Book 2: Timber Ridge Riders
by Maggie Dana
Ever since Kate McGregor arrived at Timber Ridge Stables, Angela Dean has been making trouble for her. Maybe she’s angry because Kate’s a better rider than she is, or maybe she’s jealous because Kate’s the only one who’s allowed to ride Buccaneer, the barn’s willful new horse. To further complicate matters, a new girl — Jennifer West — moves into the neighborhood and Angela sets out to impress her. But when Angela makes a fool of herself in front of Jennifer, things begin to go wrong and Kate gets the blame. Is Angela behind the trouble? Kate and her best friend, Holly Chapman who’s learning to walk and ride again, can’t be sure. But they do know one thing. If Angela’s on the warpath, Kate is heading for trouble, and fast.Volume two shakes things up pretty dramatically in Timber Ridge Riders, which begins with a couple of new additions: the extra excitable Buccaneer and the newest rider at the barn, Jennifer. The resident antagonist, Angela, has high hopes that she will commandeer both Buccaneer and Jennifer for herself, but it's pretty clear from the get go that both Buccaneer and Jennifer are way out of Angela's league. Angela can only handle well-trained, push-button horses, which Buccaneer is definitely not, and Jennifer appears to be polite and has spiky hair and a nose piercing. Le gasp! Who is this magical girl who seems to have some sort of personal style that is not normally defined as "grubby" and dares to ride horses? And why can't there be more of them in horse books?
So anyway. Liz, Holly's mom and resident adult, determines that only she will ride and train Buccaneer, but when she sprains her ankle Kate steps up to pick up all the extra chores around the barn. Naturally, Kate and Buccaneer hit it off over a roll of minty Life Savers and Liz hesitantly gives her the go ahead to exercise him. Magician, awesome horse from the previous book, is probably wondering why no one loves him anymore. Poor guy. Kate romps around on Buccaneer, only to be seen by Angela and, in an odd turn of events, winds up accidentally allowing Angela to go careening off on the horse. This ends in disaster, and since Angela is not to be shamed for the stupidity she gets herself into, people are going to pay. People being, well, mainly Kate.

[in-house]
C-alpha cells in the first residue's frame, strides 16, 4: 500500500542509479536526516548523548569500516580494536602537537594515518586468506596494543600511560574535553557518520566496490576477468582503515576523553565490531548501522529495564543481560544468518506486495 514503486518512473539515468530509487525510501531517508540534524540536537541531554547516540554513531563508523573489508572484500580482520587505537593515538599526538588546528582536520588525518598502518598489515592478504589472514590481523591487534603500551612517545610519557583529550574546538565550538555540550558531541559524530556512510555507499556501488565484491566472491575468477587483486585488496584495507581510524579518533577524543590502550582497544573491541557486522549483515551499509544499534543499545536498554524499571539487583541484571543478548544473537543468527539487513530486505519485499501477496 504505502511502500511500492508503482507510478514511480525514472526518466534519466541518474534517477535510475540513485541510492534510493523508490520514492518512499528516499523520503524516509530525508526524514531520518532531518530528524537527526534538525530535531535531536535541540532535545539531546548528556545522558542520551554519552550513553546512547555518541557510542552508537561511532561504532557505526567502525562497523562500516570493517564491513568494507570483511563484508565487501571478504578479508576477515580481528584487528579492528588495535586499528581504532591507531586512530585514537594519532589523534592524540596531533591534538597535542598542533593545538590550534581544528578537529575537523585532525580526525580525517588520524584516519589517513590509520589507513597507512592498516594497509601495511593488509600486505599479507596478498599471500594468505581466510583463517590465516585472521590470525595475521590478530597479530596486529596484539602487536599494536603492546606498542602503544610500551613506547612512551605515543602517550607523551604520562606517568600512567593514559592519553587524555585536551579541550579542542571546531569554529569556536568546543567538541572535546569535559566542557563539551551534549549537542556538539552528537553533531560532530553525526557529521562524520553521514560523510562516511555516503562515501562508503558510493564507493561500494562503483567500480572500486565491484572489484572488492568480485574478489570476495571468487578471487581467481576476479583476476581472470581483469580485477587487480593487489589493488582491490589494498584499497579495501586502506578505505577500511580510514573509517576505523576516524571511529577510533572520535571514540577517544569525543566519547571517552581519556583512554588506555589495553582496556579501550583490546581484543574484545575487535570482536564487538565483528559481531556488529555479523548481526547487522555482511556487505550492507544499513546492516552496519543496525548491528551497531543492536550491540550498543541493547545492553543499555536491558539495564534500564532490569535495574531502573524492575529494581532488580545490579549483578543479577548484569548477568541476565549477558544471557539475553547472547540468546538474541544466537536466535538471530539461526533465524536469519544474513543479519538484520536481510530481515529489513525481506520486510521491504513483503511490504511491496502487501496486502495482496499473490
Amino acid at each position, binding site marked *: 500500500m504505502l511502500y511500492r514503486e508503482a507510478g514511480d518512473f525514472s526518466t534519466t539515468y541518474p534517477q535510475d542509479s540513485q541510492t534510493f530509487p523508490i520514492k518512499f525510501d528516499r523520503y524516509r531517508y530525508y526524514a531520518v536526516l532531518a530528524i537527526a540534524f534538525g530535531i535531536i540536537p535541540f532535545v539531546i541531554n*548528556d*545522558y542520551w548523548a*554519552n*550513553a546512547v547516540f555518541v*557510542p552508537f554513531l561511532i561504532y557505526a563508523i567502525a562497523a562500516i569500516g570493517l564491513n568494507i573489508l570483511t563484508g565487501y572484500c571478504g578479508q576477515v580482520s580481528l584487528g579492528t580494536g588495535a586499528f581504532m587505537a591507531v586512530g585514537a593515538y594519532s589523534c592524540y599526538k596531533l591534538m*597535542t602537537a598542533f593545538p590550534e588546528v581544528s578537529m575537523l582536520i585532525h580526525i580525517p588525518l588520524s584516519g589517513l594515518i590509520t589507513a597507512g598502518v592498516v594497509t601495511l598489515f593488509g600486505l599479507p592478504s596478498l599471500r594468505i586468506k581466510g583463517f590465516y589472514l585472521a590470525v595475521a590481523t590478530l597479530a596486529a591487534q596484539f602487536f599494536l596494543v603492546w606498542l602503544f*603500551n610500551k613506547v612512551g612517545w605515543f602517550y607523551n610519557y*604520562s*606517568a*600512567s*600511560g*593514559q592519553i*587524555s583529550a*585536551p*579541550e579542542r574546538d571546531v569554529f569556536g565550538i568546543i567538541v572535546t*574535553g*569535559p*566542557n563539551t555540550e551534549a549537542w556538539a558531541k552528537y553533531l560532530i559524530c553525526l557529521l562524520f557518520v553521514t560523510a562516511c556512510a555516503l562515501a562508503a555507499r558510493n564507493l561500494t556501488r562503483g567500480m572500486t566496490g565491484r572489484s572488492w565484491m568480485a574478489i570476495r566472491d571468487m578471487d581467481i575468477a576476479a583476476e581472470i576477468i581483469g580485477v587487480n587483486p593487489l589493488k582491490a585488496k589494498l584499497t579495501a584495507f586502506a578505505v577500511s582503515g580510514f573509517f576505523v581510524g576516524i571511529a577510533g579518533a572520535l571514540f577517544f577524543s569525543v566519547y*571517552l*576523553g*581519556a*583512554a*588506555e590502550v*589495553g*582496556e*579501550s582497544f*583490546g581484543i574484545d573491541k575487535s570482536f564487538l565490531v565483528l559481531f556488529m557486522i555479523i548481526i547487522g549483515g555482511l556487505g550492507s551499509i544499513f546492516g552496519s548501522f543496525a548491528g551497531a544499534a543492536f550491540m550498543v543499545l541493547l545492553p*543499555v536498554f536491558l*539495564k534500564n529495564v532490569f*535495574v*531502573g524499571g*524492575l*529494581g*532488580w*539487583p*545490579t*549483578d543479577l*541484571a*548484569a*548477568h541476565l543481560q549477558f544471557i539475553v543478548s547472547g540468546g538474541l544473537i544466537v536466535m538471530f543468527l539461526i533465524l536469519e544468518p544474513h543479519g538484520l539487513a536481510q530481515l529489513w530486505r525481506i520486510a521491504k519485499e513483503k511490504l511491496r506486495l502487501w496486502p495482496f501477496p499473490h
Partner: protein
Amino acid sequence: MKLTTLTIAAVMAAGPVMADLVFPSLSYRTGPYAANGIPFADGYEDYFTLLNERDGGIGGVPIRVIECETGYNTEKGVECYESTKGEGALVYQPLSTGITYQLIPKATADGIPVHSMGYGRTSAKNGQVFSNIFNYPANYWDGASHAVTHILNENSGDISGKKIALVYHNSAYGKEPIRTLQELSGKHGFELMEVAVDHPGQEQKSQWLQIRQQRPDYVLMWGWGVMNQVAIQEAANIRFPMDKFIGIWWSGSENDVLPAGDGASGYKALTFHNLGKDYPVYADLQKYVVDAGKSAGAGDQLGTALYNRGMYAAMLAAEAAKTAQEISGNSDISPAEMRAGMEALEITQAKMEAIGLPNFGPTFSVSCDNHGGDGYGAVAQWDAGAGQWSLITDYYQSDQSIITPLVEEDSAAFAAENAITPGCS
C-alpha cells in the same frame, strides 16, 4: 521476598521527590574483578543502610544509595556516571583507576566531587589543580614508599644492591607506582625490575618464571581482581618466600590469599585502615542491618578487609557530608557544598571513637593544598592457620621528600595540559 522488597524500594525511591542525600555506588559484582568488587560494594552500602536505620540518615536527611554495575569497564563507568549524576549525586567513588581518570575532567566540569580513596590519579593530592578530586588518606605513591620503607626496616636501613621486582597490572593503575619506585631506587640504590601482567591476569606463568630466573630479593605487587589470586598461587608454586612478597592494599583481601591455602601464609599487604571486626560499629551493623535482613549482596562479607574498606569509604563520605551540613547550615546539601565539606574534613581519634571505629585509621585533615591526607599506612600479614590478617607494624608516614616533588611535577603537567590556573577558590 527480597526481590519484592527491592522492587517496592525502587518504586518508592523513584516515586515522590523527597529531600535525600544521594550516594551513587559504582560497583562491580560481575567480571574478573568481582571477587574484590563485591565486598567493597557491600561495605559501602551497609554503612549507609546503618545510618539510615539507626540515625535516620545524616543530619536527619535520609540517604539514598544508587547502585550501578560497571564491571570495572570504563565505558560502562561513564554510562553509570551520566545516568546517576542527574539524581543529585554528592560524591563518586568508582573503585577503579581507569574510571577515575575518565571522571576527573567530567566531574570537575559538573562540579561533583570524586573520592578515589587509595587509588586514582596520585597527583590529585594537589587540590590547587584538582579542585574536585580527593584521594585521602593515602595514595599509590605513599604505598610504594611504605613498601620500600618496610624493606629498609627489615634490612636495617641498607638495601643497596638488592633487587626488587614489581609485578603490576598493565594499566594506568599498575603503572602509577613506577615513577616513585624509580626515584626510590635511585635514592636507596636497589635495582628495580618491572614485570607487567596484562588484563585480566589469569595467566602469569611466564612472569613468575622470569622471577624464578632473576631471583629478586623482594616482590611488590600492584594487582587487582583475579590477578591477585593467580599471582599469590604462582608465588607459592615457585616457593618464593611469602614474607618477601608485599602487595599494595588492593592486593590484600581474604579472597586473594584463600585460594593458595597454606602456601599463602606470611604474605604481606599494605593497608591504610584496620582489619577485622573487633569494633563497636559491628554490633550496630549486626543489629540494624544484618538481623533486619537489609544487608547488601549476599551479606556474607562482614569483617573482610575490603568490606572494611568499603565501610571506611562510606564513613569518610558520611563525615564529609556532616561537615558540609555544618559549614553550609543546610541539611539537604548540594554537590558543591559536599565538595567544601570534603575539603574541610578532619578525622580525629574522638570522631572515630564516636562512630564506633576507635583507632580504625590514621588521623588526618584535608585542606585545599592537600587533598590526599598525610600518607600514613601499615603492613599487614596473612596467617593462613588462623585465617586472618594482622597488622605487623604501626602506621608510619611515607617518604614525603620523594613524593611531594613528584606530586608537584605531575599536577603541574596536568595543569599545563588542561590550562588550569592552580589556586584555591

And so begins the truly awe inspiring campaign to drive Kate completely insane. Antagonists everywhere could learn at the feet of Angela, because she is something to behold. Granted, some of her actions are based on pure chance, but the girl knows how to capitalize. And because Holly and Kate are too afraid to tell Liz what is going on for fear that Angela's mom will fire her and kick them all out of Timber Ridge for being competent, Angela's campaign is a smashing success. Everyone loses faith in Kate, who is eventually fired and forced to garden for the rest of the summer. (Ha! I'm kidding...or am I? Dun dun dun.)
Seriously. It was like watching a plane crash in slow motion. It just keeps tumbling to the ground and you keep expecting it to pull up and it just...doesn't. It hits the ground. Angela is officially the horsey main character slayer. Long live Angela! (No, not really. I don't like horse book antagonists that much. I just wish Brad Townsend had been this effective. I would have laughed and laughed...but that's besides the point.)
Anyhoo, the other major development is Holly's walking ability. She's been battling through two books to get over her hysterical paralysis, determined to one day ride Magician again. For some reason, no one takes this girl to a therapist, but that's neither here nor there. We're just waiting for her to climb out of her wheelchair and insert herself in the sort of romance that may or may not be budding between Kate and Adam. Love triangle of doom is on, you guys. Prepare yourselves!
We end the book by officially declaring that no one likes Angela. No wonder she acts out all the time.
All said, this is a solid middle grade. The horse crazy tweens will lap it up, and that's okay by me because I'm again charmed by the fact that none of the main characters irritate me. There is crop usage (and visualizing smacking people in the face with the crop, so all is not perfect in main character land). And none of the horses act like special flowers waiting to apply themselves after the appropriate dosage of love and a well-timed, long winded speech. It's appreciated. Thanks Maggie Dana! I'll be on the look out for book three.
To get your own copy of Racing Into Trouble, head on over to Amazon or B&N. It's available in print, as well as being Kindle and Nook friendly!